June 2022 was a very active month for US Immigration. GLF provided updates via Google, LinkedIn, Twitter, and Instagram on numerous US Immigration matters including:

  1. USCIS creates a new EAD Automatic Extension calculator to determine EAD expiration date.
  2. AILA’S updated Child Status Protection Act (CSPA) guidance for interfiling.
  3. USCIS Transfers Certain H-1B Petitions to CSC.
  4. State Department’s July 2022 VISA Bulletin Summary.

We at GLPO post regular updates on our Google, LinkedIn, Twitter, and Instagram handles.  Additionally, we also periodically send out GLF Newsletters when the subject matter is extensive and relevant for a detailed analysis.  Presented below is a consolidated summary of updates posted on GLF’s Google, LinkedIn, Twitter, handles for June 2022. 

USICS recently determined that the 180-day automatic extension of Employment Authorization Document (EAD) is insufficient and announced a Temporary Final Rule increasing the automatic extension to a total of up to 540 days. This rule came into effect on May 4, 2022, and applies to renewal applications filed as of Oct. 26, 2023, and earlier. To assist employers and employees with determining the EAD expiration date for eligible employees, USCIS has created the new EAD Automatic Extension Calculator which will assist employers and employees in calculating the new EAD expiration date. This calculator can be found on the USCIS website.

AILA had raised the question on the application of CSPA to interfiling requests, that whether the request to transfer the underlying basis for a Form I-485 would meet the “sought to acquire” standard for purposes of locking a dependents age under the CSPA.  On May 31, 2022 USCIS had indicated that it will consider a written request to transfer the underlying basis of their pending adjustment of status application if it is filed with USCIS within one year of a visa becoming available in the new immigrant preference category and it will additionally use the date the parent’s transfer request is received to determine satisfaction of the “sought to acquire” requirement to benefit from the CSPA age calculation.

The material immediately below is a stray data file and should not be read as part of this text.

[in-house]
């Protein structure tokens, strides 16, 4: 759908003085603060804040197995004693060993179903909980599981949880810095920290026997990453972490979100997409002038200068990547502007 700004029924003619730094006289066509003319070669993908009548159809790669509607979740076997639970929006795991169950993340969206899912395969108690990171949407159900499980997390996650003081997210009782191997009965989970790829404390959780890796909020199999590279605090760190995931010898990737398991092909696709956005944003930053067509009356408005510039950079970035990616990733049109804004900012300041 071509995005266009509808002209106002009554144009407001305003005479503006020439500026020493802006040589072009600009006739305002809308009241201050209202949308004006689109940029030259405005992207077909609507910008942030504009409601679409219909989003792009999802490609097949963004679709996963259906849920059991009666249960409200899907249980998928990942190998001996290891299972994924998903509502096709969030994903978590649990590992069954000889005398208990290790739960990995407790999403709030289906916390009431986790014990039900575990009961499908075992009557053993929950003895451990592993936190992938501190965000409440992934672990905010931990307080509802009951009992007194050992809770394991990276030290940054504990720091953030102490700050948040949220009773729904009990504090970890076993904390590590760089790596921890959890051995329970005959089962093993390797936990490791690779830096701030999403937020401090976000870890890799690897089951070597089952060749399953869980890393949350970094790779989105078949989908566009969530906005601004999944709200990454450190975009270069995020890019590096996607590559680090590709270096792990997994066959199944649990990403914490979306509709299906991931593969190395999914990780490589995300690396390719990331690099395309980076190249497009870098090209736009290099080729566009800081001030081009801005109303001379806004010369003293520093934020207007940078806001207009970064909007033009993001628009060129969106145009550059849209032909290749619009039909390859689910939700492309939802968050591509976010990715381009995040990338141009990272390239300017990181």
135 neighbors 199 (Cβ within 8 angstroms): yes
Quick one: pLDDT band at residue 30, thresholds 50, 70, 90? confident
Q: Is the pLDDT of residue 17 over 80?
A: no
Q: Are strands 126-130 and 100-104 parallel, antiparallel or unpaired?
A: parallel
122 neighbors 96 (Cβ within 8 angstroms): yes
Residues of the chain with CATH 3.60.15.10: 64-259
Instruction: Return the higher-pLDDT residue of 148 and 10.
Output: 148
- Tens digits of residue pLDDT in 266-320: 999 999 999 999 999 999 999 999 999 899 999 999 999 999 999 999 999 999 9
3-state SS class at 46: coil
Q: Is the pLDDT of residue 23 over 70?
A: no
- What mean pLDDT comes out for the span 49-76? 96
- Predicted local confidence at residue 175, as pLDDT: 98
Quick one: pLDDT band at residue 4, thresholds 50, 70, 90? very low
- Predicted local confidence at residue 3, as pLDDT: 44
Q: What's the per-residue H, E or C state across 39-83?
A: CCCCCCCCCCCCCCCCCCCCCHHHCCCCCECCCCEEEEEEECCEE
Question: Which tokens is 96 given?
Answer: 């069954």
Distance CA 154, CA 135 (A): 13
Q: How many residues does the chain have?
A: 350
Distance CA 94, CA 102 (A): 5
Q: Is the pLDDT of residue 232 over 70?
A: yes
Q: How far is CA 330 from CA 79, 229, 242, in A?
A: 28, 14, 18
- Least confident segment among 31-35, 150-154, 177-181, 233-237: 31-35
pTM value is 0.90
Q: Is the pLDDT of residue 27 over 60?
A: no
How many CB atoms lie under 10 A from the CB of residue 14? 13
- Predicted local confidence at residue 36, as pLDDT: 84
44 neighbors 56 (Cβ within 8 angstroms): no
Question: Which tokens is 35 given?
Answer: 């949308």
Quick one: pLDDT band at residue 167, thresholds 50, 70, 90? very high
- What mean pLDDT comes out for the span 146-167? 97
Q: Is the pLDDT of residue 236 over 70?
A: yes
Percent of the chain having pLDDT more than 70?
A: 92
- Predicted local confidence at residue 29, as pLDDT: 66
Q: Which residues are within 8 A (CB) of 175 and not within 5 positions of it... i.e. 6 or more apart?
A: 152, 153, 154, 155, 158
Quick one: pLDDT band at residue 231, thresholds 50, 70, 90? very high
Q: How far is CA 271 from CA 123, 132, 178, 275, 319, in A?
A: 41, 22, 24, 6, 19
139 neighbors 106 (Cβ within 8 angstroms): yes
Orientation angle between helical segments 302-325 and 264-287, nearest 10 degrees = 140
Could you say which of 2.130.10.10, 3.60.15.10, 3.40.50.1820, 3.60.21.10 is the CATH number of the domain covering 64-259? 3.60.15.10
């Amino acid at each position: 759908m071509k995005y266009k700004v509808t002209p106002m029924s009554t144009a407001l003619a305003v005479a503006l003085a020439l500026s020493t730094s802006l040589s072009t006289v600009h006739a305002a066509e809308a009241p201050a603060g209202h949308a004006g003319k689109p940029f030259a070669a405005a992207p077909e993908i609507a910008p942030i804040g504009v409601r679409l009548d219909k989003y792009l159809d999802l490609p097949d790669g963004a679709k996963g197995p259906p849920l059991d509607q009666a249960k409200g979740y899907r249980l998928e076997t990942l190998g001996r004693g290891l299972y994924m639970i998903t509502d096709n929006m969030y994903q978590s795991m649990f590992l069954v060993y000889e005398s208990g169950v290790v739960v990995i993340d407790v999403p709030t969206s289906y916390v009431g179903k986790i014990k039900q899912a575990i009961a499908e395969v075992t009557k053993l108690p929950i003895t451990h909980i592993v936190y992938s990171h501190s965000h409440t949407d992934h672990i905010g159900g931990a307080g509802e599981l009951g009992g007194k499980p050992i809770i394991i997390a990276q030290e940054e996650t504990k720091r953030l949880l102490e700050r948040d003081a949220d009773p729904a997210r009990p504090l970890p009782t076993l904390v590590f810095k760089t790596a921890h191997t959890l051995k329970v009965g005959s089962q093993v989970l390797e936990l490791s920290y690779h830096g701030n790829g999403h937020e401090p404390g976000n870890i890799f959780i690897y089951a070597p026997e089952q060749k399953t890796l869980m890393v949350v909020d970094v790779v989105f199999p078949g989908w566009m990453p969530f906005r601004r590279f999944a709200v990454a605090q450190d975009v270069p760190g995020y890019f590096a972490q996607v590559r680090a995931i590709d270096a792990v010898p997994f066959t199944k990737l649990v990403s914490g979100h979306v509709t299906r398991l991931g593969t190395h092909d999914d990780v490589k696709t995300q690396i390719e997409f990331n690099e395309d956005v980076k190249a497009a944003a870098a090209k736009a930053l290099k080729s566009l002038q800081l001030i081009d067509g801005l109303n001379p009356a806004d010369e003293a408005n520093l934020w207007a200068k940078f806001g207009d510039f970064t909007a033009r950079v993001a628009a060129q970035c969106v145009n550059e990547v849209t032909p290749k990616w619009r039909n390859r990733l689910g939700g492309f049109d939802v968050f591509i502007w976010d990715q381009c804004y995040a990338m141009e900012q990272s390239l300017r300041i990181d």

AILA has learned that USCIS generally expects to be able to finally adjudicate before the end of the current fiscal year (September 30, 2022) most EB AOS cases that were filed by early June.

U.S. Citizenship and Immigration Services had announced that certain H-1B petitions and fiscal year (FY) 2023 H-1B cap petitions awaiting intake at the Vermont Service Center (VSC) were transferred to the California Service Center (CSC) for data entry and adjudication. USCIS started transferring these cases in response to the H-1B receipt issuance delays at the VSC. Please continue to file petitions based on the addresses provided on the Direct Filing Addresses for Form I-129, Petition for a Nonimmigrant Worker page.

This workload transfer will help USCIS issue receipt notices for properly filed H-1B petitions more quickly. Please allow time for the CSC to process the transferred cases and do not submit duplicate petitions out of concern that your previous submission did not arrive or has been misplaced. If your petition is transferred, you will not receive a transfer notice, but you will receive a receipt notice as soon as your petition is receipted. Petitions will be worked to completion at the CSC once transferred. For inquiries about case status, please use the petition receipt number.

USCIS continues to experience receipt issuance delays in other workloads across some service centers. It is actively trying to reduce these delays.

State Department had issued the July 2022 Visa Bulletin and here are the highlights:

  • Adjustment of status filing charts for July are not yet available.
  • Final Action Dates for family sponsored preference cases for India have not changed. F-2A is current – meaning Final Action applies
  • Dates for filing for family sponsored preference for F1 has advanced through July 01, 2016.
  • F2B category which has advanced by a week to October 01, 2016, and F3 category which has advanced by two months to October 01, 2009.
  • Final action dates for employment-based preference cases have changed except for EB-2 category which has advanced through December 01, 2014.
  • Certain Religious Workers, I5 and R5 categories are all “Current”.
  • Dates for Filing for employment-based preference cases have not changed except for EB-2 category which has advanced through January 01, 2015.
  • The DV-2022 annual limit was reduced to 54,850.
  • Diversity Visas (DV) category for most regions have been set to “Current” for July 2022 to maximize number use during the DV-2022 program year.

At GLF, we will continue to follow further developments in the above discussed and other matters, while we provide updates through our Newsletter as and when they become available. GLF receives numerous emails and phone calls every day seeking comments on various proposed bills and media reports that are often inaccurate. It is our job to separate fact from fiction and advice clients on important and relevant updates. The best way to receive accurate information is through GLF Newsletters.

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